Tolerance is good, but only so far…
    And intolerance of out of hand behavior on a blog is the only way to go.

  26. steffi suhr says:

    Yes, those behavioural issues on this blog were where the fist came too close to the nose, as Cath put it so nicely.
    Not sure about saying we’re ‘intolerant’ towards the status quo – isn’t it just ‘unsatisfied’?

  27. Katherine Haxton says:

    There is a difference between unsatisfied and intolerant, but I can’t quite put my finger on it. I put this down to it being the end of term and my body having quite the intolerance for being awake!
    Perhaps discontent with the status quo would be another way of phrasing it?

  28. Henry Gee says:

    The usual argument put forward by HWMNBN and others is that to bring up a child in a religious faith is wrong, even cruel, and (by implication) might lead to intolerance later. Leaving aside that I might be making a generalization out of a generalization, I’d have to say that ‘it depends’. Gee Minor and Minima were brought up as ‘liberal’ Jews until the ages of about 8 and 6, respectively – they went to the synagogue regularly and even attended Jewish school – until we moved to Cromer, where you can count Jews on the fingers of one thumb.
    In Cromer the church is very important, and many of our friends are church-goers. We socialize with the families of the vicar and the curate and their friends, and nobody has a problem with this. My Christian friends react to Judaism with fascination, and often want to know more about its rites and practices.
    Are my children confused by all this? Not a bit of it. They seem to be secure and confident in their own Jewish heritage (though Gee Minor in particular professes no particular religious faith) and can study other religions with cool analysis.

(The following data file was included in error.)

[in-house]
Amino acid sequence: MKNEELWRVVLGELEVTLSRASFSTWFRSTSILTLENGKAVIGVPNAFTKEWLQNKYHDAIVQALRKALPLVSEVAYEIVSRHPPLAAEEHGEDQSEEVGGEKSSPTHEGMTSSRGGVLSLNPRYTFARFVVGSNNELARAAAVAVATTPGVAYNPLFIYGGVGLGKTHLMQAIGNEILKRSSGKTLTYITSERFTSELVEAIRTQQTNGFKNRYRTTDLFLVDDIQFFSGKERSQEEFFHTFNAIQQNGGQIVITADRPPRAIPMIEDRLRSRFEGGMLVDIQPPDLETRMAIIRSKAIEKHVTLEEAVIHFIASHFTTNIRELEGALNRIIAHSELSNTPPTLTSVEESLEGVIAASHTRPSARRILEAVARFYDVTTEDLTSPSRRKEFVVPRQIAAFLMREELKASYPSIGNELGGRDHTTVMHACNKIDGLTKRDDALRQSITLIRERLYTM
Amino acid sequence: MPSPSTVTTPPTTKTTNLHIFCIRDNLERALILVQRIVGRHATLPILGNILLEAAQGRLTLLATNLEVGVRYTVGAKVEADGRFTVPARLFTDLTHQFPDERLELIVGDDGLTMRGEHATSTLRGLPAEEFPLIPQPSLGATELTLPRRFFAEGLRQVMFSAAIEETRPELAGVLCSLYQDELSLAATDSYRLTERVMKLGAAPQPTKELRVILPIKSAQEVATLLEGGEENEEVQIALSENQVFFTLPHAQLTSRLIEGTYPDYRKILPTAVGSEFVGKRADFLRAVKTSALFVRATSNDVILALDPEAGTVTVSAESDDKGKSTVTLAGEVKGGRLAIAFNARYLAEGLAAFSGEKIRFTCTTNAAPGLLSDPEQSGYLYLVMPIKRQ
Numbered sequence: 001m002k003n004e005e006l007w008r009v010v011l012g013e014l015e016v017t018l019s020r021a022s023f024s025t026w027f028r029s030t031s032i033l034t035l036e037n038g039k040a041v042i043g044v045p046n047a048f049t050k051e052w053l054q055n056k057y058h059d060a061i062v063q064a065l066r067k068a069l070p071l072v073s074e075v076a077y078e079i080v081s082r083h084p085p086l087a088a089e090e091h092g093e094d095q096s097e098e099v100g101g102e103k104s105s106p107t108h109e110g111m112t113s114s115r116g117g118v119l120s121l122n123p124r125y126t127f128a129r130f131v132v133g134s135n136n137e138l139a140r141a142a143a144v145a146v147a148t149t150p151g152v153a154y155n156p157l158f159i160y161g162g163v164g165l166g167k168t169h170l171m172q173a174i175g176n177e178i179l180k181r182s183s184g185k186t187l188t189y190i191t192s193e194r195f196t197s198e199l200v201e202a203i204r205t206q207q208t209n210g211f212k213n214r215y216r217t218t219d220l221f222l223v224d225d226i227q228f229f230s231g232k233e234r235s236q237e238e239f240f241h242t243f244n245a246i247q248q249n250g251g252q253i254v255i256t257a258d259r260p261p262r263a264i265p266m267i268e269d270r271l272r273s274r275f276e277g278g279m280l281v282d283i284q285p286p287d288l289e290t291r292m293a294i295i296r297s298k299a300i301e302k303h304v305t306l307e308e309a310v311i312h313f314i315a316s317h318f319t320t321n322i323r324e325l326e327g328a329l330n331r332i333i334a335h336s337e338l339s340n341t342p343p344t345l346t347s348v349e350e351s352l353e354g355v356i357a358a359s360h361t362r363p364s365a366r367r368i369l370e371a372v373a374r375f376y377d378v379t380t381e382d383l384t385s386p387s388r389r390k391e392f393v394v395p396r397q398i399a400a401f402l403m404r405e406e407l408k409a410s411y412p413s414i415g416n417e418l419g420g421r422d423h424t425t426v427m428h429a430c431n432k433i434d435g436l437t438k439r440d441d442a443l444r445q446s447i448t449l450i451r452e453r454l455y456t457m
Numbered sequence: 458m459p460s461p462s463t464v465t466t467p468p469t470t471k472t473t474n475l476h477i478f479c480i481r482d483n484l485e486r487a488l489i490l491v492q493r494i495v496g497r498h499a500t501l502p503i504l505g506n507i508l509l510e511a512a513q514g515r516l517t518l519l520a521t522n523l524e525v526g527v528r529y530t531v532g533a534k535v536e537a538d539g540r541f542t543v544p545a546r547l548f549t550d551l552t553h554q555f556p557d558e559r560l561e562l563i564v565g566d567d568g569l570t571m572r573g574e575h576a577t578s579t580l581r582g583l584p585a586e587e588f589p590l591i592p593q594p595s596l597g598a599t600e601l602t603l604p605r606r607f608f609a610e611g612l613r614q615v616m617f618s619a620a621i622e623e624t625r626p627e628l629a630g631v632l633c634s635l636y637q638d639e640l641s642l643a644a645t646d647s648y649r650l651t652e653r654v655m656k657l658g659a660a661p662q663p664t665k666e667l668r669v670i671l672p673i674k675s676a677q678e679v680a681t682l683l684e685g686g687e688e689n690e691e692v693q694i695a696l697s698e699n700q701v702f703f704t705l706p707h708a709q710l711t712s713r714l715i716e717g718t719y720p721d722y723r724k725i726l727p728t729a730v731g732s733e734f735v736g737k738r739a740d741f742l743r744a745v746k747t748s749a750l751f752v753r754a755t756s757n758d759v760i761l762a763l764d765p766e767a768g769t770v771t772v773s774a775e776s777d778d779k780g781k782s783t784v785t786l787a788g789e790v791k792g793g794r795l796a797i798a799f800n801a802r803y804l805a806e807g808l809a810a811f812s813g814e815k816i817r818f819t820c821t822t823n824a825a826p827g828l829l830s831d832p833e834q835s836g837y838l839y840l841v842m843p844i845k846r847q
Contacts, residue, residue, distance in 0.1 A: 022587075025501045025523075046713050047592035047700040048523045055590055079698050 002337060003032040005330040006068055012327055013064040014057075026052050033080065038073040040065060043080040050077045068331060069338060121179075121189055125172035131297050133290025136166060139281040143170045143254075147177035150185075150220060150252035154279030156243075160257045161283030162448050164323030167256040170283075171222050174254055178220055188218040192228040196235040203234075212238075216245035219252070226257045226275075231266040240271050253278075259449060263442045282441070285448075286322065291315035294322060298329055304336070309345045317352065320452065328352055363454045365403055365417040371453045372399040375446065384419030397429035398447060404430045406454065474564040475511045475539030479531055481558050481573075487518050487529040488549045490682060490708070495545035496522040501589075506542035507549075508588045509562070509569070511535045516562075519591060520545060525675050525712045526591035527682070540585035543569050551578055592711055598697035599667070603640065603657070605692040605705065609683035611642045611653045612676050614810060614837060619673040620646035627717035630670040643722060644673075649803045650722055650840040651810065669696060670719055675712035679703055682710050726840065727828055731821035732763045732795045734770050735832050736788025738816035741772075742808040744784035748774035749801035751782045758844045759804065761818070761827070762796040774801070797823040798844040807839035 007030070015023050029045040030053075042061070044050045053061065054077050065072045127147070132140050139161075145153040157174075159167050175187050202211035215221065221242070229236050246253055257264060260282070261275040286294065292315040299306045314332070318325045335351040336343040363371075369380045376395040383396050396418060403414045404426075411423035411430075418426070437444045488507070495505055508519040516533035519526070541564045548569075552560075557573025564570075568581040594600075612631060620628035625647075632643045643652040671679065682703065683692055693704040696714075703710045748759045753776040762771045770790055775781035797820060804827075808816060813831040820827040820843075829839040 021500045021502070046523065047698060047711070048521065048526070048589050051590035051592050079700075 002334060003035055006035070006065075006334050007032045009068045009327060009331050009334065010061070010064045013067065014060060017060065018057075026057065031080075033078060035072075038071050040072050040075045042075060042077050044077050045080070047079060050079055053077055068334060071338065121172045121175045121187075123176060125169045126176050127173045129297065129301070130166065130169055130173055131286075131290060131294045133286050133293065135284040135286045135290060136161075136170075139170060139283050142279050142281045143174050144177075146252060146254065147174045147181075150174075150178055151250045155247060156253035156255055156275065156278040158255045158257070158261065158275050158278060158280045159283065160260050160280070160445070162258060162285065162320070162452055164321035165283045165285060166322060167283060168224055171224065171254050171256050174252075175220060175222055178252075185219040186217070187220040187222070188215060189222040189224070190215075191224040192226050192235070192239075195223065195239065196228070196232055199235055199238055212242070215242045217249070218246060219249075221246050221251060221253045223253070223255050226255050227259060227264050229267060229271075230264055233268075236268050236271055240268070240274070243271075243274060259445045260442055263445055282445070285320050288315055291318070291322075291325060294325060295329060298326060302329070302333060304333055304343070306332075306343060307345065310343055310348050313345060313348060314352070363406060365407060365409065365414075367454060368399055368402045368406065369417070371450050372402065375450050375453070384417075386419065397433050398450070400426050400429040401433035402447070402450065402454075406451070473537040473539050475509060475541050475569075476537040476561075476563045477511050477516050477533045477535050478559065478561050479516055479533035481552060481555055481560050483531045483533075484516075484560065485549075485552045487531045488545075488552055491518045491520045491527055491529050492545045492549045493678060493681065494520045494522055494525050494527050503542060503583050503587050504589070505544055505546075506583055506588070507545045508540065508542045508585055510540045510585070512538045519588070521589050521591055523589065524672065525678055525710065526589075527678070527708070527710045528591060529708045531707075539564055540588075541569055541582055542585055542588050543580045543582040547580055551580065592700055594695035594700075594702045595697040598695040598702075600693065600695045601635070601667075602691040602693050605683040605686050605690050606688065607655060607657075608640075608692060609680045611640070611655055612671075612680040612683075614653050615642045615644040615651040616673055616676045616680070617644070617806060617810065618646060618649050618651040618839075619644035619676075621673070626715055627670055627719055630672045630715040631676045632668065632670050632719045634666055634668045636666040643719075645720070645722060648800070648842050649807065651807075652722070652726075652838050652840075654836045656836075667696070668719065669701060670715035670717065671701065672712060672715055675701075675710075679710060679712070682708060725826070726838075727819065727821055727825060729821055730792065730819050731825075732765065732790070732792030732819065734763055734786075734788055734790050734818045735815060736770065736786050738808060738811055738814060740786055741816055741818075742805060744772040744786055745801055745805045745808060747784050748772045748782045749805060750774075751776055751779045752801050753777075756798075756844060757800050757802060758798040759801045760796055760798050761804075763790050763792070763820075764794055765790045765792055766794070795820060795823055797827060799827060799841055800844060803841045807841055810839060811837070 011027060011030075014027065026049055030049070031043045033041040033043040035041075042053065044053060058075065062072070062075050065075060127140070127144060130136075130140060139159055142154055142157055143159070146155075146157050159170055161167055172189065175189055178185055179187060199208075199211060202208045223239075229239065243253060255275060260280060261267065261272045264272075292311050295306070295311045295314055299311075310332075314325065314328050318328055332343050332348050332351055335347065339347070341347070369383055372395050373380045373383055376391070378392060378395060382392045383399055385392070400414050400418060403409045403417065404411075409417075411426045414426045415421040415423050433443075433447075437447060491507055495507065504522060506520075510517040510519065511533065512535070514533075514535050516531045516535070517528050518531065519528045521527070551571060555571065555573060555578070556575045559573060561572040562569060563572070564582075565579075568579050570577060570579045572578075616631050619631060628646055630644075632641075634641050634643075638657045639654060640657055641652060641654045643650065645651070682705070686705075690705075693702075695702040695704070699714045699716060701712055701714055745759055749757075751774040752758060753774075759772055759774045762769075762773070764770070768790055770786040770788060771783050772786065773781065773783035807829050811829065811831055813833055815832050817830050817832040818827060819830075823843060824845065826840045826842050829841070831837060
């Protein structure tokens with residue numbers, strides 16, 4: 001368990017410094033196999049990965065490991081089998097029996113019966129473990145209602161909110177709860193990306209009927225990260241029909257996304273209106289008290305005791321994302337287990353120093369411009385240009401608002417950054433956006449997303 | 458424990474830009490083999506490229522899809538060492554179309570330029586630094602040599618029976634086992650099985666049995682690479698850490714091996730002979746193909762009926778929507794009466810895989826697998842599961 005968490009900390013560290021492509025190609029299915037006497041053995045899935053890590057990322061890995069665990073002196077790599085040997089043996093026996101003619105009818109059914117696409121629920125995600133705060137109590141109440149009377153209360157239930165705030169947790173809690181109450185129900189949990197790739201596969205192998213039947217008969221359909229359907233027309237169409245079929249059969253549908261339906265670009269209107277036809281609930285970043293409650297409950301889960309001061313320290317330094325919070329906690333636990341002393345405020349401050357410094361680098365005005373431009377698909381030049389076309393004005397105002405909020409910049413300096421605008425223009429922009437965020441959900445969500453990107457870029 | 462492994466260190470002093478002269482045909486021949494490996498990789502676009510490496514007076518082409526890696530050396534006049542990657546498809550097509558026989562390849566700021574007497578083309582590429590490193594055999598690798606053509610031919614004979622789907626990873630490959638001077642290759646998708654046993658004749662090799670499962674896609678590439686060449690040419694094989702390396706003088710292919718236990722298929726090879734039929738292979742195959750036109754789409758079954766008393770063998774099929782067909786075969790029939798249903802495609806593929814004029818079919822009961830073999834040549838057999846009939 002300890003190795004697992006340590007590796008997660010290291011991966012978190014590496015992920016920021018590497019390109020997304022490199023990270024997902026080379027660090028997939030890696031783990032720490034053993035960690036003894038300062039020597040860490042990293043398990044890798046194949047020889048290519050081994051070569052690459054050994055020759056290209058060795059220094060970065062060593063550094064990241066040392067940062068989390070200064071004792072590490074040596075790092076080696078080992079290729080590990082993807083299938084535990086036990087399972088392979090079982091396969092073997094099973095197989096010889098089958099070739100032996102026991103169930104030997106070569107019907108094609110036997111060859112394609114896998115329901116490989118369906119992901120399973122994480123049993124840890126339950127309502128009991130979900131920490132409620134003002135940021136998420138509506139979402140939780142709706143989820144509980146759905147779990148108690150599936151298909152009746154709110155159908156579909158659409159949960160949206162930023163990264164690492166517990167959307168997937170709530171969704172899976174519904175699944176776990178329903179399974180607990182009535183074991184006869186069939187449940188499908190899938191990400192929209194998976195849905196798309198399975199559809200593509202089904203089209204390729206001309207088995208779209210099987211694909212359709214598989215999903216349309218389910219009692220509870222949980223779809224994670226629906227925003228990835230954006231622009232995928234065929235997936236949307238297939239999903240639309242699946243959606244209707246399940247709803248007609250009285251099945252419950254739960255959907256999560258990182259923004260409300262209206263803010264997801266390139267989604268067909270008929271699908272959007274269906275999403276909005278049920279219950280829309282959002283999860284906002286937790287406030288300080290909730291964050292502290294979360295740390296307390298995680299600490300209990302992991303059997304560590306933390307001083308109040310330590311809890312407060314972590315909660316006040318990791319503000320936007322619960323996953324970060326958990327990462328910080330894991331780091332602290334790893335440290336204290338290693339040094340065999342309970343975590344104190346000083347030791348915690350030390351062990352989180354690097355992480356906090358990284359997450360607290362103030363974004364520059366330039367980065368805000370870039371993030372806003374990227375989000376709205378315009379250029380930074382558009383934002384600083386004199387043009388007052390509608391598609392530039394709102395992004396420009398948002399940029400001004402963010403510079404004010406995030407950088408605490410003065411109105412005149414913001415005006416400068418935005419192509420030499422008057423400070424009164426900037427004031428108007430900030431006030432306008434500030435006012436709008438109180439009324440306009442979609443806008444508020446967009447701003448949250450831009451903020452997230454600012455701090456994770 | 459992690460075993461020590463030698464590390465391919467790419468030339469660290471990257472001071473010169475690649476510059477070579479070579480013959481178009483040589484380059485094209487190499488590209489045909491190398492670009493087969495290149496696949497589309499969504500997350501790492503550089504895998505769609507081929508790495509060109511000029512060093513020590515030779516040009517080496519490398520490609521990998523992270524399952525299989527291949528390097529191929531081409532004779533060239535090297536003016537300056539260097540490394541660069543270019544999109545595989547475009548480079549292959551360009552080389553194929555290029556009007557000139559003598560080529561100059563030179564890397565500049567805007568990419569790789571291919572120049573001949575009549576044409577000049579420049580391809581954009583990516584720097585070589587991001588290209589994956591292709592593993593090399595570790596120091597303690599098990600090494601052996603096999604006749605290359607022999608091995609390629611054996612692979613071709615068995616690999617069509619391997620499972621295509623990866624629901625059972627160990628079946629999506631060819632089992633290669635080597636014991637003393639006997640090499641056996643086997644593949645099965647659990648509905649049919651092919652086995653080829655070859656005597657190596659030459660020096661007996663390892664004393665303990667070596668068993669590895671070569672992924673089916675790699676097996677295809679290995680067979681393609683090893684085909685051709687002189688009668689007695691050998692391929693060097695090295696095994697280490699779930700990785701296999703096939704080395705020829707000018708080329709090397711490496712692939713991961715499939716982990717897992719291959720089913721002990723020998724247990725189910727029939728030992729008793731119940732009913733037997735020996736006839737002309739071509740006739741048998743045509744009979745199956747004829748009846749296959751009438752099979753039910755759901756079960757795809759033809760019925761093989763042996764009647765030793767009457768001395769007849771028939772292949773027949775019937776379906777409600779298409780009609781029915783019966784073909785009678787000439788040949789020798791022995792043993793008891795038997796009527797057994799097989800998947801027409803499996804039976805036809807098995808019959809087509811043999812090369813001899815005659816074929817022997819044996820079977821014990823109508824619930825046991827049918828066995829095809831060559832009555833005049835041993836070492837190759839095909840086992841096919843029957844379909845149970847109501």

They (and we) participate enthusiastically in the school carol concerts and similar seasonal hoopla. Gee Minor is fascinated by a Moslem boy in her class who seems to do almost all his written work in Arabic. At her old school, Gee Minima, being the tallest in her class, played the Shammas Candle in the Hannukah Concert – and in her new school she is the tallest twinkling star, in the middle – precisely homologous roles.
    All this makes me suggest that the hostility expressed by people of different faiths towards one anaother stems from a projected feeling of insecurity, and this is also true for militant atheism: In The God Delusion, HWMNBN starts by saying that the book is meant to be a mood-lifter for atheists who feel embattled, and the same book goes on to disparage faith-based education. QED.

  29. steffi suhr says:

    the hostility expressed by people of different faiths towards one another stems from a projected feeling of insecurity, and this is also true for militant atheism
    Spot on. I think this goes for most kinds of hostility, or is that extrapolating too much? By the way Henry, I hope you don’t mind that I fixed your typo πŸ˜‰
    Katherine: I still think it’s not intolerance, just ‘intense dissatisfaction’. Intolerance of intolerance – that, yes.

  30. Henry Gee says:

    @ Steffi – yes, please fix my typos. No matter what I do, no matter how hard I scrutinize, no matter how much I use the preview function, they seem to just spill out of my comments and posts like an octopus out of a string bag.

  31. steffi suhr says:

    Henry, that must be a good sign. It probably means that you can let go. I do too much copy-editing right now and, as a result, get upset about typos in ads